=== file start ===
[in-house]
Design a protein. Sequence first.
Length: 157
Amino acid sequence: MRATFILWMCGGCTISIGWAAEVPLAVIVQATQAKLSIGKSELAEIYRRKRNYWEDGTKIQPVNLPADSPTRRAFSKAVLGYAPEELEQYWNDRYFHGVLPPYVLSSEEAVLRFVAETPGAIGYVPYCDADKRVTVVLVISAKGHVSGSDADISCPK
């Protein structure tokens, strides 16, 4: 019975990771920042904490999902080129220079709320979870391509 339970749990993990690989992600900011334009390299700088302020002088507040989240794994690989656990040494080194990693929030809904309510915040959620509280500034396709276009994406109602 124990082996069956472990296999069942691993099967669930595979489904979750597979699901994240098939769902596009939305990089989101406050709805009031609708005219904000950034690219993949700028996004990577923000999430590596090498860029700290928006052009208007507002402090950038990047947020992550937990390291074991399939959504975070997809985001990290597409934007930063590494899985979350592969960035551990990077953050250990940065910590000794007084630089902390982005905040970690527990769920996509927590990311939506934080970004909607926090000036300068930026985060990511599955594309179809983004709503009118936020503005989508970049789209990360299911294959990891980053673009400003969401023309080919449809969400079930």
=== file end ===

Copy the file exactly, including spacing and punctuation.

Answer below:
[in-house]
Design a protein. Sequence first.
Length: 157
Amino acid sequence: MRATFILWMCGGCTISIGWAAEVPLAVIVQATQAKLSIGKSELAEIYRRKRNYWEDGTKIQPVNLPADSPTRRAFSKAVLGYAPEELEQYWNDRYFHGVLPPYVLSSEEAVLRFVAETPGAIGYVPYCDADKRVTVVLVISAKGHVSGSDADISCPK
């Protein structure tokens, strides 16, 4: 019975990771920042904490999902080129220079709320979870391509 339970749990993990690989992600900011334009390299700088302020002088507040989240794994690989656990040494080194990693929030809904309510915040959620509280500034396709276009994406109602 124990082996069956472990296999069942691993099967669930595979489904979750597979699901994240098939769902596009939305990089989101406050709805009031609708005219904000950034690219993949700028996004990577923000999430590596090498860029700290928006052009208007507002402090950038990047947020992550937990390291074991399939959504975070997809985001990290597409934007930063590494899985979350592969960035551990990077953050250990940065910590000794007084630089902390982005905040970690527990769920996509927590990311939506934080970004909607926090000036300068930026985060990511599955594309179809983004709503009118936020503005989508970049789209990360299911294959990891980053673009400003969401023309080919449809969400079930």